Depending on the situation, side conversations can create more connecting conversations. Structurally, they allow for more turn taking than a single conversion in a group.
One dynamic is the culture of the group. In formal and awkward contexts, side conversations can be seen as impolite or rude. There is at least an implicit expectation of one person talking at a time and usually in these contexts, interruptions are unwelcome.
Side conversations can be interpreted as disinterest in the singular dominating speaker. In work and public settings, the hosts might actually impose or suggest a rule about singular dominant speaking.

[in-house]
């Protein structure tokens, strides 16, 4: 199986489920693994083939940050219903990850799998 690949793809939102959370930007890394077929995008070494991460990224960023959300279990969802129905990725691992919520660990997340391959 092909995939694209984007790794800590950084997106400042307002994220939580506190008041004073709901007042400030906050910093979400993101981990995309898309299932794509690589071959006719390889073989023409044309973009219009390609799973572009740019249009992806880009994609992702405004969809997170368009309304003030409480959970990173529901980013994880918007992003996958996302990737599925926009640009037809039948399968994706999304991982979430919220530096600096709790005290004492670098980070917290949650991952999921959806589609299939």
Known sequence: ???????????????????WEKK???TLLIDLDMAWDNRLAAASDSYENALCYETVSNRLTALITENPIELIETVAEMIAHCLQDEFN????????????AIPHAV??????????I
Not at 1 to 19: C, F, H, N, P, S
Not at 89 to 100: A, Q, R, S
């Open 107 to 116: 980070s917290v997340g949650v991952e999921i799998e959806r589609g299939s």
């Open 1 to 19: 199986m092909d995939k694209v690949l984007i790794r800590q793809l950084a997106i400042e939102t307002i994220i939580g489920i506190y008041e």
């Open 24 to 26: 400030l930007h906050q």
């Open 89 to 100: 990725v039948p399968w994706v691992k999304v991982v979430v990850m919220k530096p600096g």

In informal contexts, side conversations can create more connecting conversations, especially when singular dominant speaking keeps the conversation more disengaging.
In larger groups, people can flow in and out of connecting side conversations. It's possible to cultivate the fine art of being in side conversations while staying present to the periphery of other opportunities. We can also optimize the engagement of others by connecting people and dots across side conversations.
When we host group conversations, we can implicitly and explicitly encourage side conversations and engage in any to help make them as connecting as possible.
... From the upcoming "The Art Of Conversations"